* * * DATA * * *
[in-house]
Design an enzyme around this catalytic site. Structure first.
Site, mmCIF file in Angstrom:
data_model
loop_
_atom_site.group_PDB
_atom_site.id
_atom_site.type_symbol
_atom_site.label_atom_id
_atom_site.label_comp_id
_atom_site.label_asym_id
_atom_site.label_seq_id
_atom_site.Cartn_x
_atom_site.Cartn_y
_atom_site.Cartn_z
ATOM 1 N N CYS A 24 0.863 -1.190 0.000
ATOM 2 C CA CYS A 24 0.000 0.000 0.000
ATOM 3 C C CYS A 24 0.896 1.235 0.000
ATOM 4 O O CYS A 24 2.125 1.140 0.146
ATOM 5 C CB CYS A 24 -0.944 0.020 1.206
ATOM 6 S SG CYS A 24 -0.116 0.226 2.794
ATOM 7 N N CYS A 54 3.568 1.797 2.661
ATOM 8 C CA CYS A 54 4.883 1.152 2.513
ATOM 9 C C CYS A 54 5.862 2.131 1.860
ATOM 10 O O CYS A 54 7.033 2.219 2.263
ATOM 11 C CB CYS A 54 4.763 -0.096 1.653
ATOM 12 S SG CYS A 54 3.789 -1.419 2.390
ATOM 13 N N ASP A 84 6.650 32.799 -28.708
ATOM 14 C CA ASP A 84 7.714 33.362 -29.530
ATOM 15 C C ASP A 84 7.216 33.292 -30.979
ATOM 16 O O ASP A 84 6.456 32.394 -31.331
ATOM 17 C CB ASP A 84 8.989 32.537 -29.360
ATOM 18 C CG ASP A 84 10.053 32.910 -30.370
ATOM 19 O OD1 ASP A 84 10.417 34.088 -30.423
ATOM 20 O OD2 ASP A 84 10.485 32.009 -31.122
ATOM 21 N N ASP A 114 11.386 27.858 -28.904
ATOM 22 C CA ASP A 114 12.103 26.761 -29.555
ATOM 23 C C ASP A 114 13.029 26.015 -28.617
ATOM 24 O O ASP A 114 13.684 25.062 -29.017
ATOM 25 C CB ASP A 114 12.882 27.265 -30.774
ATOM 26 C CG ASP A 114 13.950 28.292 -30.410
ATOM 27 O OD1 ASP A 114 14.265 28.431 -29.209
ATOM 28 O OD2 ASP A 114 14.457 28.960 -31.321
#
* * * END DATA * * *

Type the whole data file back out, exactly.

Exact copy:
[in-house]
Design an enzyme around this catalytic site. Structure first.
Site, mmCIF file in Angstrom:
data_model
loop_
_atom_site.group_PDB
_atom_site.id
_atom_site.type_symbol
_atom_site.label_atom_id
_atom_site.label_comp_id
_atom_site.label_asym_id
_atom_site.label_seq_id
_atom_site.Cartn_x
_atom_site.Cartn_y
_atom_site.Cartn_z
ATOM 1 N N CYS A 24 0.863 -1.190 0.000
ATOM 2 C CA CYS A 24 0.000 0.000 0.000
ATOM 3 C C CYS A 24 0.896 1.235 0.000
ATOM 4 O O CYS A 24 2.125 1.140 0.146
ATOM 5 C CB CYS A 24 -0.944 0.020 1.206
ATOM 6 S SG CYS A 24 -0.116 0.226 2.794
ATOM 7 N N CYS A 54 3.568 1.797 2.661
ATOM 8 C CA CYS A 54 4.883 1.152 2.513
ATOM 9 C C CYS A 54 5.862 2.131 1.860
ATOM 10 O O CYS A 54 7.033 2.219 2.263
ATOM 11 C CB CYS A 54 4.763 -0.096 1.653
ATOM 12 S SG CYS A 54 3.789 -1.419 2.390
ATOM 13 N N ASP A 84 6.650 32.799 -28.708
ATOM 14 C CA ASP A 84 7.714 33.362 -29.530
ATOM 15 C C ASP A 84 7.216 33.292 -30.979
ATOM 16 O O ASP A 84 6.456 32.394 -31.331
ATOM 17 C CB ASP A 84 8.989 32.537 -29.360
ATOM 18 C CG ASP A 84 10.053 32.910 -30.370
ATOM 19 O OD1 ASP A 84 10.417 34.088 -30.423
ATOM 20 O OD2 ASP A 84 10.485 32.009 -31.122
ATOM 21 N N ASP A 114 11.386 27.858 -28.904
ATOM 22 C CA ASP A 114 12.103 26.761 -29.555
ATOM 23 C C ASP A 114 13.029 26.015 -28.617
ATOM 24 O O ASP A 114 13.684 25.062 -29.017
ATOM 25 C CB ASP A 114 12.882 27.265 -30.774
ATOM 26 C CG ASP A 114 13.950 28.292 -30.410
ATOM 27 O OD1 ASP A 114 14.265 28.431 -29.209
ATOM 28 O OD2 ASP A 114 14.457 28.960 -31.321
#